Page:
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[aprssig] BLENDING APRS: SEEMLESS INTEGRATION IN A MULTI-FREQUENCY ENVIRONMENT

David Dobbins ddobbins at gmail.com
Sun Apr 18 00:37:36 UTC 2010


 Hi all APRS and NWAPRS enthusiasts:

Within the NWAPRS region a couple groups of hams have been developing
alternate APRS networks on 9600bd with great success. The project started
because the saturation of APRS activity on the primary freq, 144.39 at
1200bd, particularly around the Puget Sound region and Seattle. If you'd
tune into the 144.39 freq you'll rarely hear a quiet moment, and we suspect
upwards of 50% of the packet activity never gets through due to collisions
of u/i packets. I suppose this is happening in other larger metro areas
around the country and with our overseas friends.

The desire for further optimization sparked experimentation of 9600bd APRS
on both UHF and VHF frequencies. Success was found on both bands, but one
draw back on UHF was locating a common freq that could be expanded out of
the Puget Sound region. We still haven't discovered that common freq that
will work everywhere as we have on VHF, but we continue experimenting on
440.800Mhz under the direction of Bob (K7OFT) in Seattle. A typical WIDEn-N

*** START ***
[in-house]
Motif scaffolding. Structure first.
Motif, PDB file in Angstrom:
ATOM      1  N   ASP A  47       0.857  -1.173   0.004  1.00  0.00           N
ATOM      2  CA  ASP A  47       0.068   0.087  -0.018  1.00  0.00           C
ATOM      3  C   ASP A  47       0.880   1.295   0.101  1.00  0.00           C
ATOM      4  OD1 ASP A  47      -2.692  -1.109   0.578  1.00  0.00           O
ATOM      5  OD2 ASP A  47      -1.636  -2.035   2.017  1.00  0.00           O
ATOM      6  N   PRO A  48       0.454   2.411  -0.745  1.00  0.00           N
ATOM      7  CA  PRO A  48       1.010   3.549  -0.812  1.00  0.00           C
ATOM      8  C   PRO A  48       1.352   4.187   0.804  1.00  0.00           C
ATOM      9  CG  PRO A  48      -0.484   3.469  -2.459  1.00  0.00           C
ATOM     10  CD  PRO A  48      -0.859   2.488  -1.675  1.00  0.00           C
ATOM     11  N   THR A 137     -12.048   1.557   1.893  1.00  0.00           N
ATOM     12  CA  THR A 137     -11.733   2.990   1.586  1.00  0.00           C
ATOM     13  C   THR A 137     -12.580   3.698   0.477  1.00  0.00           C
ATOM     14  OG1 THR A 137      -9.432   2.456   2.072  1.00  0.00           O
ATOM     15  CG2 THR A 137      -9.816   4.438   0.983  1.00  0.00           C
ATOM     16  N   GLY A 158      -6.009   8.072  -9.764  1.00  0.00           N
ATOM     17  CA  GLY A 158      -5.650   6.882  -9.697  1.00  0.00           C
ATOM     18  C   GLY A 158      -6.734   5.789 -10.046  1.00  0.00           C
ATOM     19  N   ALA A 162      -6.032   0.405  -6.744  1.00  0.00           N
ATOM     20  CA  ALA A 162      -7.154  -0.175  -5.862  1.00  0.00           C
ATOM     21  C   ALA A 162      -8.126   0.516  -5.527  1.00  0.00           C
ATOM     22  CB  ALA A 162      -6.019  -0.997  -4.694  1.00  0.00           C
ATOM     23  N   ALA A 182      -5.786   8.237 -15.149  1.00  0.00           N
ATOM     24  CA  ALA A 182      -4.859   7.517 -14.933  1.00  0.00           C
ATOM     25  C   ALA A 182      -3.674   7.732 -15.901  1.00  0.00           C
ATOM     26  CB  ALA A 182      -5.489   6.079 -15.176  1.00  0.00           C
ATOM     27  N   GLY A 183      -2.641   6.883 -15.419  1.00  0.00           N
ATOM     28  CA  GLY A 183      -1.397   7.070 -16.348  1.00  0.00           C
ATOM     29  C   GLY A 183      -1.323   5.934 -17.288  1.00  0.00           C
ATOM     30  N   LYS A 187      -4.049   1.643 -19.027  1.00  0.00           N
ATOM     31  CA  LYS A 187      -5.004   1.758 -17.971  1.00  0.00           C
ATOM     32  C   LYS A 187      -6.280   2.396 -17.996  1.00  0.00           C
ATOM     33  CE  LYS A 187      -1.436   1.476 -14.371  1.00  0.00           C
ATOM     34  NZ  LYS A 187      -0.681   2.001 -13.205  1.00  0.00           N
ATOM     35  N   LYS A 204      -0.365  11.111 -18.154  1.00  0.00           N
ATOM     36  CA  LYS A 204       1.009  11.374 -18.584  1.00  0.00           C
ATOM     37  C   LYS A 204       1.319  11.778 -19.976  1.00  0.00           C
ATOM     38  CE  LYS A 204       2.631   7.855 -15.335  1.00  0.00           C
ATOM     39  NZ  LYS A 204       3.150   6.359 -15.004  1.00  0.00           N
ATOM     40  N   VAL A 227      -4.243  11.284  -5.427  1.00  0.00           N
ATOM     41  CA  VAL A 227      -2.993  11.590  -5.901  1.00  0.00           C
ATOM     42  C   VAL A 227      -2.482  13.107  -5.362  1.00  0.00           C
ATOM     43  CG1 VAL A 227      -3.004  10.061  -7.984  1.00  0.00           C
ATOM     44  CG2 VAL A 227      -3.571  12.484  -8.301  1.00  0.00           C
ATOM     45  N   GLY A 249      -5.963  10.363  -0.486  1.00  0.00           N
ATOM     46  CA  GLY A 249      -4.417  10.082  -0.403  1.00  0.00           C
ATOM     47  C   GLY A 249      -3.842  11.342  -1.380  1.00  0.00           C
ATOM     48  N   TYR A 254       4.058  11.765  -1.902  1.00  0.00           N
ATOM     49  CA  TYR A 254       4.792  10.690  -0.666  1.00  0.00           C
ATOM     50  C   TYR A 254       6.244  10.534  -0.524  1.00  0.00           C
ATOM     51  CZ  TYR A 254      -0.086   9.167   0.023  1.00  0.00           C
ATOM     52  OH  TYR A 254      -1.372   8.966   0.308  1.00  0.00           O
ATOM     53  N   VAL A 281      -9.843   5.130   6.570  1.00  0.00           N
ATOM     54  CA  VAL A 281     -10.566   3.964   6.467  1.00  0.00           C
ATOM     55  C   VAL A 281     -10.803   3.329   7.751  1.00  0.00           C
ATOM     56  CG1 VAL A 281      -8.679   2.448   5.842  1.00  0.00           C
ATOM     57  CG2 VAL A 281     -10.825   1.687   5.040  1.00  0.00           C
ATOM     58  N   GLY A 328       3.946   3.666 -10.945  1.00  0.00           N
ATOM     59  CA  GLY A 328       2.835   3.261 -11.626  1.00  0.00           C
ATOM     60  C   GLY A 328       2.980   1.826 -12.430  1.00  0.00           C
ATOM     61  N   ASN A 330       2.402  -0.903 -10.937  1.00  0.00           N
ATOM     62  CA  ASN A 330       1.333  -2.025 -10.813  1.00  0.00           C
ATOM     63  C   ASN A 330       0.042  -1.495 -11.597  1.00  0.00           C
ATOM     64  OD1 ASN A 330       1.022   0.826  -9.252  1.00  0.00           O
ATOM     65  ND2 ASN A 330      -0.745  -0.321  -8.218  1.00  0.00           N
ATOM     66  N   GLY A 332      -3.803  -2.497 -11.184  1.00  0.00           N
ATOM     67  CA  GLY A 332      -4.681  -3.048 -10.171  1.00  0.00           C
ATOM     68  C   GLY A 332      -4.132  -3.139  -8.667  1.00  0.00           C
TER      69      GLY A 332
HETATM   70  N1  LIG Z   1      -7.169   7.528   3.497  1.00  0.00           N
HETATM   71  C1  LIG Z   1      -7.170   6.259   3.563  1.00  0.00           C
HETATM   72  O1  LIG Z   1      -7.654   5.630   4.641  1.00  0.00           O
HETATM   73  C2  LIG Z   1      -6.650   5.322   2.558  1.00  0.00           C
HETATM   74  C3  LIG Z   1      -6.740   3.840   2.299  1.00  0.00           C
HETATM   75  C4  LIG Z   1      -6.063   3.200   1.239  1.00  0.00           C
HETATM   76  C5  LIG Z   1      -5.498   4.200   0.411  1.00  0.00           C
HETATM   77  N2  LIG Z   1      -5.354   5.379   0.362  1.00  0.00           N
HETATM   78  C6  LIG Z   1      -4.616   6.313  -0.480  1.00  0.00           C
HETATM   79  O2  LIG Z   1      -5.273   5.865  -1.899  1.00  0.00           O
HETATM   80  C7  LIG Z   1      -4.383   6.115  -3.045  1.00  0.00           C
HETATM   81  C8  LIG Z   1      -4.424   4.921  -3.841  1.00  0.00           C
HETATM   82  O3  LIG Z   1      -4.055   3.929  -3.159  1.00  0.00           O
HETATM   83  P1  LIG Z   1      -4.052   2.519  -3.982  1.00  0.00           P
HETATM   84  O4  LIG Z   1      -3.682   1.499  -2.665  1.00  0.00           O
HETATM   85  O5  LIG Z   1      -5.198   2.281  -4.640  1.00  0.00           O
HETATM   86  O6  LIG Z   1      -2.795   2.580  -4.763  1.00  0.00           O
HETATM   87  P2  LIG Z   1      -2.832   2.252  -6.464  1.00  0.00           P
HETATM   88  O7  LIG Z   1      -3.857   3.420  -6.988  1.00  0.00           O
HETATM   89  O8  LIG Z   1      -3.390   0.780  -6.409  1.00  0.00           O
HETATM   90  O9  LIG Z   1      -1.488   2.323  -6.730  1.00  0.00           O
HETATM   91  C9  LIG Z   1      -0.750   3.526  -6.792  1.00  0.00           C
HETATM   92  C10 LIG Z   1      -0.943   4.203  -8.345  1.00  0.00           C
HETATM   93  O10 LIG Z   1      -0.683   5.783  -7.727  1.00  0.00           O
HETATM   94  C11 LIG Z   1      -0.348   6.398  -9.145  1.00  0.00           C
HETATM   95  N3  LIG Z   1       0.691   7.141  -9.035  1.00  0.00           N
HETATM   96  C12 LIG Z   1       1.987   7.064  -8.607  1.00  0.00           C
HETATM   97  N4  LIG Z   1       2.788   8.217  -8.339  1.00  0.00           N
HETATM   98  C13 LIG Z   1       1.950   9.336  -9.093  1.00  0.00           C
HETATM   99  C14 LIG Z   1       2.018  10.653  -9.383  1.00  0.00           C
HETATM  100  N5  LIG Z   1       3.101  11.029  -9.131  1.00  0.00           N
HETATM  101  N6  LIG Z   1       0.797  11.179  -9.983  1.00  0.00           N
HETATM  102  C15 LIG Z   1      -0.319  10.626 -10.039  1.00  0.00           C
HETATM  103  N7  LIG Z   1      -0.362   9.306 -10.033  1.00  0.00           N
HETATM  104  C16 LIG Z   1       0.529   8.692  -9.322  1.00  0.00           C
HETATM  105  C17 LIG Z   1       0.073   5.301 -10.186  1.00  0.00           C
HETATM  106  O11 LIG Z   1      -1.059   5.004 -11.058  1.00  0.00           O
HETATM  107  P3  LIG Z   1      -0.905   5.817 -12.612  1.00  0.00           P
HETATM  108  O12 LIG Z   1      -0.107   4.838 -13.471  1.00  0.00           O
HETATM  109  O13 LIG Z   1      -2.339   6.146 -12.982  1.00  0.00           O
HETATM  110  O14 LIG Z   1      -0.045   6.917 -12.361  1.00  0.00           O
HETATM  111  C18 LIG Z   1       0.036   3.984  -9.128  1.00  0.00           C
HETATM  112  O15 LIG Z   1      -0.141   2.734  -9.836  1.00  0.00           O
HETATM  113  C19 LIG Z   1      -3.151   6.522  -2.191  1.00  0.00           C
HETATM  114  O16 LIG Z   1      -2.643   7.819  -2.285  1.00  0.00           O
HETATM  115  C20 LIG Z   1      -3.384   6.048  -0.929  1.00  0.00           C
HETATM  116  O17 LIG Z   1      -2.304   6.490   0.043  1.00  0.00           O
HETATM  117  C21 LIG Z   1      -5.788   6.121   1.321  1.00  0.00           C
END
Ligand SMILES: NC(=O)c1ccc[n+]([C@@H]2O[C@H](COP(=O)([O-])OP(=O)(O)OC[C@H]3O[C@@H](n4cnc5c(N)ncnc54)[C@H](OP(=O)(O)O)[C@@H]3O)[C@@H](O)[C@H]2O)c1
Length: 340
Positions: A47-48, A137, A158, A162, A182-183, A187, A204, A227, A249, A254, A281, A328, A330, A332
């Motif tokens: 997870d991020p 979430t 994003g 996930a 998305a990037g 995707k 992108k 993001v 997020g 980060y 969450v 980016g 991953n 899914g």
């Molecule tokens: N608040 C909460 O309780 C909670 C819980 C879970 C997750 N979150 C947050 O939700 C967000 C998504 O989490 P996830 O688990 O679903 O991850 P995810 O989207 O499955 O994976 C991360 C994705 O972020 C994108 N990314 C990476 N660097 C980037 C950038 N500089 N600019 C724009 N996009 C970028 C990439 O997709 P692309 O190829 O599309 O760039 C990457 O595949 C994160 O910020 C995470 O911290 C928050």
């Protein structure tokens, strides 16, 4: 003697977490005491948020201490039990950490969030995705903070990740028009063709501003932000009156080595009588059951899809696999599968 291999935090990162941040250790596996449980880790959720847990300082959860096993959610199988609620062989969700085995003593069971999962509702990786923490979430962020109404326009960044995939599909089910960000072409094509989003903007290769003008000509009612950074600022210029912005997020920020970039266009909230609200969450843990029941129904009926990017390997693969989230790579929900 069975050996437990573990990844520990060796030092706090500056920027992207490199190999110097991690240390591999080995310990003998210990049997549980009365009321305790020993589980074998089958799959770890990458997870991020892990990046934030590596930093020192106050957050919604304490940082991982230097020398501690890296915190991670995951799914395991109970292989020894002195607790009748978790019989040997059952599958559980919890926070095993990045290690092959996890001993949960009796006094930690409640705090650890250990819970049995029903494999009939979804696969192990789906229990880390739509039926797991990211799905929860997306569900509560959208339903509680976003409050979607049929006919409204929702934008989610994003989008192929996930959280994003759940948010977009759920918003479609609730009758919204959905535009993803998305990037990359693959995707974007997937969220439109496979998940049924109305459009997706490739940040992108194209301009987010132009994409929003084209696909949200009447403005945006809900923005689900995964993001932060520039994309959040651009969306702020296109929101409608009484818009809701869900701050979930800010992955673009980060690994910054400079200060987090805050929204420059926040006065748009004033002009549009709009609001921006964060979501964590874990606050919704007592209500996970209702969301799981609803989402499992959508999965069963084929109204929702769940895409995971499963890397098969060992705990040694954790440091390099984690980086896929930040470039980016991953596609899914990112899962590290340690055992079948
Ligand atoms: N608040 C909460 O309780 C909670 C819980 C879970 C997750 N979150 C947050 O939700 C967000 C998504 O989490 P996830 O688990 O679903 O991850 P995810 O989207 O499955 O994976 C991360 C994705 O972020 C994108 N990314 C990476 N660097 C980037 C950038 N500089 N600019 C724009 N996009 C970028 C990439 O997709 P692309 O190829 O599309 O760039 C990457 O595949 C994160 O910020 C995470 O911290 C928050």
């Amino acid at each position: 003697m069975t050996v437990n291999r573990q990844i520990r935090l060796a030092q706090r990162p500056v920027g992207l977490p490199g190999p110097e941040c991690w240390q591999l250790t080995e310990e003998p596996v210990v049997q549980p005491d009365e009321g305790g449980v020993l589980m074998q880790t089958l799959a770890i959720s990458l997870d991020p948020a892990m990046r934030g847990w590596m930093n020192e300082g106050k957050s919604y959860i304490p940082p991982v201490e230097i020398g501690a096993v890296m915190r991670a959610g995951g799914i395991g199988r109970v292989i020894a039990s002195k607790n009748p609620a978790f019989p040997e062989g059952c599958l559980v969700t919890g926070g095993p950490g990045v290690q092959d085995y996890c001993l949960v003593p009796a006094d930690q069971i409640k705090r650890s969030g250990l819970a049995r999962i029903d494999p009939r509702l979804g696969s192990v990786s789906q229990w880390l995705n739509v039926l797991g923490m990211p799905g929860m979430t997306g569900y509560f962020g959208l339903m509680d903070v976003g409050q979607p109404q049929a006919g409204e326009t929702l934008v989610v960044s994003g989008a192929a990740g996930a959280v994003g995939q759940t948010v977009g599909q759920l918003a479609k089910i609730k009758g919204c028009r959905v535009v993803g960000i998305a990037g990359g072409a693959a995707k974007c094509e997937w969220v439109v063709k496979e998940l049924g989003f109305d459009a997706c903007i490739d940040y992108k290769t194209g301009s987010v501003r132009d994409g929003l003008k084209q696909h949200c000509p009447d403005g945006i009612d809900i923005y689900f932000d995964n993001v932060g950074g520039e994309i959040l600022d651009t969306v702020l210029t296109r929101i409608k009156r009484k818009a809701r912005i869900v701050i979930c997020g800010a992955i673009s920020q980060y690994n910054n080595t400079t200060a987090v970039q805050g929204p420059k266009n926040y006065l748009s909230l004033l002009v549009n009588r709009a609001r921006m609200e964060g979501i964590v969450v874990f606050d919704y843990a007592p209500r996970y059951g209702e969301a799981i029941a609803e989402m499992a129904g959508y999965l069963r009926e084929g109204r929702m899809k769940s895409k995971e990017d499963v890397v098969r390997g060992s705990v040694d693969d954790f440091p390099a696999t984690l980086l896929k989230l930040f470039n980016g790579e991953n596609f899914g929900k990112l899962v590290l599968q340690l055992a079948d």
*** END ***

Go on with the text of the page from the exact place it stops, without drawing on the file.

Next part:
digi on 9600bd employs a Kenwood TM-D700 in some locations, or an Icom
IC-207 and Kantronics KPC-9612 in others. Bob continues APRS development
on 220Mhz around the Seattle area as well. Bob (K7OFT) has proven APRS at
9600bd is a viable alternative to the crowded 1200bd activity on 144.39Mhz,
but also notes that while the D700 can DIGIPEAT in APRS Packet mode, it does
so with a limited set of commands. The D700 internal TNC is not fully
compatible with what we want to do within the compatibility
requirements. The D700 is just about the only rig we can use if we stay on
144.350 and 144.390MHz. The reason is because the D700 turns off the
receiver opposite of the band you are transmitting on. So if you transmit on
144.350 then the receiver on 144.390MHz is shut off, and
vice-versa. Otherwise the front end of the listening receiver could suffer
damage because the 40Khz may be too close to not cause problems. In Bob's
experimentation, we believe that the only way we can get around the limited
commands problem is to use Digi_ned at the digi site. Bob (K7OFT) also notes
we should be looking for an easy solution to passing messages and one-liners
to and from the primary and alternate frequencies.


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